Chopin’s family home was filled with the spirit of art and intellectual investigation; professors from the Lyceum and university, musicians, and writers visited often. Among the guests were the musicians Józef Elsner, Wilhelm Wurfel, and Józef Jawurek. These guests helped to create a remarkable atmosphere for the development of young Frederic’s artistic sensitivity and interests.

From 1823 to 1826 young Chopin studied in the Warsaw Lyceum, where his father worked. During this time he visited several parts of Poland. He spent vacations at the court of Antoni Radziwiłł in Szafarnie and visited friends in distant parts of the country.  From Szafarnie he sent several well known letters – the „Kurier Szafarski” to his parents, a parody of the „Kurier Warszawski” (Warsaw Courier). Also well known is the anecdote that Frederic was once caught drawing a picture of a teacher in school. The image so surprised the teacher that, instead of punishing Chopin for not paying attention during the lesson, he praised him. Maurycy Karasowski also recalls the time when Chopin helped a tutor quiet some disruptive students. He improvised a story and then put them all to sleep with a lullaby, including the tutor. He showed this enchanted scene to his sisters and mother and then woke the sweetly dreaming group with a piercing chord… Many biographers stress that Chopin was a universal genius, because he possessed an unusual literary talent, evident in his correspondence, and, also, talent as an artist and actor. For example, Balzac recalls that Frederic had a real gift for mimicking whomever he liked.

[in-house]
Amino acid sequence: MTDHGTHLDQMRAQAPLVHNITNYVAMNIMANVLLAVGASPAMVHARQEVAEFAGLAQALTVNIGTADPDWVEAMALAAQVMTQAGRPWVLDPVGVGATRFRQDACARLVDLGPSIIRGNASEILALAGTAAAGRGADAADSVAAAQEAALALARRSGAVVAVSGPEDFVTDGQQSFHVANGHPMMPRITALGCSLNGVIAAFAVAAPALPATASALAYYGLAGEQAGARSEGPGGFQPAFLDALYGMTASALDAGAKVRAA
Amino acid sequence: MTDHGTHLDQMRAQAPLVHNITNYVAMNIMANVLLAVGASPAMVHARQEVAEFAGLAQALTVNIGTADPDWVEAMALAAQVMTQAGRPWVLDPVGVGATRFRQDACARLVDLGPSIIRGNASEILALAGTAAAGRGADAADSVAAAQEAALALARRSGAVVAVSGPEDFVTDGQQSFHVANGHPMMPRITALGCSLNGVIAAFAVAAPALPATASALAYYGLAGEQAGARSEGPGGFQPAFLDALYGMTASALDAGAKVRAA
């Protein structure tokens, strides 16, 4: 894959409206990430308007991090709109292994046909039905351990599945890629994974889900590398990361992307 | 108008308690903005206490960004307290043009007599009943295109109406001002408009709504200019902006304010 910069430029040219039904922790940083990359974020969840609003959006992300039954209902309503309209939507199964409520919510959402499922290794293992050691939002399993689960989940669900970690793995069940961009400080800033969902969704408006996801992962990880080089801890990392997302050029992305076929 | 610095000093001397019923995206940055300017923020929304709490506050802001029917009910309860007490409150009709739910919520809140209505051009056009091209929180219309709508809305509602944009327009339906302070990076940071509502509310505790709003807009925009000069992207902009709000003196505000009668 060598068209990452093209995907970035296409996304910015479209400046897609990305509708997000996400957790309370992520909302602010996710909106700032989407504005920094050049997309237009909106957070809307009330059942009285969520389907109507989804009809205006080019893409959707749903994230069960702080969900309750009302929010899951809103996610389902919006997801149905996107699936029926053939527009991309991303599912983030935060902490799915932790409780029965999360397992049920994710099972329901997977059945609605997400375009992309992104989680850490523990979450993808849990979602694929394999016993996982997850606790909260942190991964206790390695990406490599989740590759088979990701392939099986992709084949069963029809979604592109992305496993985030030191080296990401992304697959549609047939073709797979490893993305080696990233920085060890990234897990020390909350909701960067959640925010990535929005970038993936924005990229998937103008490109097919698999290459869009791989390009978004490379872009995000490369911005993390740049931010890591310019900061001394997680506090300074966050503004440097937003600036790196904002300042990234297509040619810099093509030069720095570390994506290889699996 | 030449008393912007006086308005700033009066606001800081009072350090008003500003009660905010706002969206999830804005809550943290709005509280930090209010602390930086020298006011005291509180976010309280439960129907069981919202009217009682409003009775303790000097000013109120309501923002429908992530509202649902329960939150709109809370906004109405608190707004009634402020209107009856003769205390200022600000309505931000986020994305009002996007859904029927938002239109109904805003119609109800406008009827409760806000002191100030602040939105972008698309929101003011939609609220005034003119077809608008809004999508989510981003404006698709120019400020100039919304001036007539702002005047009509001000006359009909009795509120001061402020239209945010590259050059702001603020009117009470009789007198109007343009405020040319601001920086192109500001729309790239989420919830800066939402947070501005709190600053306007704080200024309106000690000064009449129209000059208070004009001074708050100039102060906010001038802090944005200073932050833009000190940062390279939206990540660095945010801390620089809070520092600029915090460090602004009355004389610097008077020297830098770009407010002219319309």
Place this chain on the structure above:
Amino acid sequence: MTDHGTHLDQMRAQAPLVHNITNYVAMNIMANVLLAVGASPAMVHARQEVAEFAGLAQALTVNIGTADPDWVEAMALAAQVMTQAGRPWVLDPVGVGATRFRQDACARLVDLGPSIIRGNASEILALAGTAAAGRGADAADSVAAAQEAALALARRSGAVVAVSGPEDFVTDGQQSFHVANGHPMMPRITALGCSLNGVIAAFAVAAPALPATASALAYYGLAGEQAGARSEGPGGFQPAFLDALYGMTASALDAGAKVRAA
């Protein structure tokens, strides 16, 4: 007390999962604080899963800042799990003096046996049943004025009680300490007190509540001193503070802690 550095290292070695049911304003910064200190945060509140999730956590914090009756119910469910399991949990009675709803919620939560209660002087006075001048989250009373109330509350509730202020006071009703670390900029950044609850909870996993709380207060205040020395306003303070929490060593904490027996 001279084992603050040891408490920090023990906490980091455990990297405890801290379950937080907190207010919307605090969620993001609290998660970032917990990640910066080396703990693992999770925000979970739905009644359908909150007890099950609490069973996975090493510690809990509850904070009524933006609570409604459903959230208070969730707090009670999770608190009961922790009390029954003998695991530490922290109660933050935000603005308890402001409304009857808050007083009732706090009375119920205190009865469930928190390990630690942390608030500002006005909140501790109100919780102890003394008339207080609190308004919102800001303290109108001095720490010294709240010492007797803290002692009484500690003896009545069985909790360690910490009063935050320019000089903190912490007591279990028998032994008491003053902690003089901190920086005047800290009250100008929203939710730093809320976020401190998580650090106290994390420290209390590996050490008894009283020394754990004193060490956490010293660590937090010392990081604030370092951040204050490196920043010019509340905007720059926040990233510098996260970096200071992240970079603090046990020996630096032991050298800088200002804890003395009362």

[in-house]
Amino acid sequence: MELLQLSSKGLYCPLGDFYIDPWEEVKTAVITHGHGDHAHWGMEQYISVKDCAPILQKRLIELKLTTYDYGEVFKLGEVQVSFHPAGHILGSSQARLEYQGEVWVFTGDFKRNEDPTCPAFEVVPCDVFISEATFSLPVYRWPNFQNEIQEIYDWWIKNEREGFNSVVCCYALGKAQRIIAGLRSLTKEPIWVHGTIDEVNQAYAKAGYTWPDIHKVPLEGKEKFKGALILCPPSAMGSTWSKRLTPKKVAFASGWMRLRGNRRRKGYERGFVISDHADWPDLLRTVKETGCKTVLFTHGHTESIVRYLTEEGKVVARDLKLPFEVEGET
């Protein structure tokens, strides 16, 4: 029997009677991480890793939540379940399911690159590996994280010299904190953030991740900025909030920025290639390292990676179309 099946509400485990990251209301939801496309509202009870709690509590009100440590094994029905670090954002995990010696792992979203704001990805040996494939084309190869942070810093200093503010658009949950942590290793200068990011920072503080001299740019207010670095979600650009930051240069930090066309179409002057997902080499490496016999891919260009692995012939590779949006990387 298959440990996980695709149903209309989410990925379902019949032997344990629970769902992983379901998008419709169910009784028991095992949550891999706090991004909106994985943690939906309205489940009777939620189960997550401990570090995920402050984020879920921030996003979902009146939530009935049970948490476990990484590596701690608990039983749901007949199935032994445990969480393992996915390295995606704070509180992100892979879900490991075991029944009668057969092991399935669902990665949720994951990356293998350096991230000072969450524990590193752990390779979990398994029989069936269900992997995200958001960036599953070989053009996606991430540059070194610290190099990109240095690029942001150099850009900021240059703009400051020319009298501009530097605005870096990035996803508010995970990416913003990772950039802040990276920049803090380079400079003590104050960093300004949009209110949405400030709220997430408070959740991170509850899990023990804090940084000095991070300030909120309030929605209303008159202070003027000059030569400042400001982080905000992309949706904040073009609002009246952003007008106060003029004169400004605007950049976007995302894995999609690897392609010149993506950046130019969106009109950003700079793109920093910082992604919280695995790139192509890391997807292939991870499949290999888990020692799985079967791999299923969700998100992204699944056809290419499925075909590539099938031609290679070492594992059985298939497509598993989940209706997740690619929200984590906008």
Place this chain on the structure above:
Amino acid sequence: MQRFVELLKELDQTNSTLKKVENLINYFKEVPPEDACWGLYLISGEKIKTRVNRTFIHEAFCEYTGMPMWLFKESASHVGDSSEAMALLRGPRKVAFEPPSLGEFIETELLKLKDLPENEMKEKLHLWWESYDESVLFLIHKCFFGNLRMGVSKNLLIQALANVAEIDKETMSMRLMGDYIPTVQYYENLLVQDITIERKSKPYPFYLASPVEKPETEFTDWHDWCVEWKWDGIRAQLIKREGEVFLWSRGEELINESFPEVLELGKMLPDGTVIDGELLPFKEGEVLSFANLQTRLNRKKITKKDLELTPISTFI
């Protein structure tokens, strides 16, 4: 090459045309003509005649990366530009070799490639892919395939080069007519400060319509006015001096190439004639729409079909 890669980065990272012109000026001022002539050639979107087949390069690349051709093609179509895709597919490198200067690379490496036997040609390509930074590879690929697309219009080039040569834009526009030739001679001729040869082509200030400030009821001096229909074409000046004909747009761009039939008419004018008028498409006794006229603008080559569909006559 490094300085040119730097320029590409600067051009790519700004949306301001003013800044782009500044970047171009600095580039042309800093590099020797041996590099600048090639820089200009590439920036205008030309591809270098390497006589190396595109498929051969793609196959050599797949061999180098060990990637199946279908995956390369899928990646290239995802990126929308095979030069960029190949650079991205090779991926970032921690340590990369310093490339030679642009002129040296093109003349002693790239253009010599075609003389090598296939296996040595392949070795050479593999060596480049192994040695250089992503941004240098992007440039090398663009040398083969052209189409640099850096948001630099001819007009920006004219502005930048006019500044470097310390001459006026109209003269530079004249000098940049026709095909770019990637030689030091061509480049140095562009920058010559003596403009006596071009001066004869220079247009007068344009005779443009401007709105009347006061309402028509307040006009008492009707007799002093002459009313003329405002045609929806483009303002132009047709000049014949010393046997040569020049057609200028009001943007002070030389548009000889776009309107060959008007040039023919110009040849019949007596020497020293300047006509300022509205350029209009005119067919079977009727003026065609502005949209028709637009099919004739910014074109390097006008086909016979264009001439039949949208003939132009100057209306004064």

Even as a child Chopin suffered from health problems. His tonsils were a special problem. There were months when he was not able to get out of bed, but when he felt better, he went immediately to the piano. In spite of his absences from school, he was a very good student, and he finished the Warsaw Lyceum as one of the best students.

From 1826 to 1829 Chopin was a student at the Main School of Music, part of the Conservatory connected to the University of Warsaw. He studied harmony and counterpoint there with Professor Józef Elsner.  He was not required to study an instrument as his unusual skills and the character of his playing was already recognized. During this period Chopin became fasinated with folk music. Józef Elsner wrote a report after Chopin’s third year of study: „Frederic Chopin – a special ability, a musical genius”.

Chopin’s childhood ended long ago, crossing into the success of adulthood and the praise of a master, so it is perhaps appropriate to end here with quiet admiration and reflection. A look at his childhood helps to explain much about the pianist. We should also remember that young Frederic was influenced not only by the love of his family and friende but also the fields and willows of the Vistula, its painful history, the songs of the land and the forest, and the love of the Polish people.

The notes came to the windows of the home of the future poet of the piano, spilling out at his feet; he carefully gathered them, like pearls, and shaped them into a unique Polish sensitivity and longing. The opinion of Chopin expressed by one of the French critics is thus justified: „The heart of his nation beat in his breast. We do not know another musician who was more of a patriot than he. He is a Pole significantly more than any Frenchman was a Frenchman, or an Italian Italian, or a German. He is a Pole, nothing other than a Pole, and from this destroyed, murdered Polish countryside came his immortal spirit, his music.”

Compiled by Małgorzata Oleksy
Translated by Sean Martin

Forum, 3/2010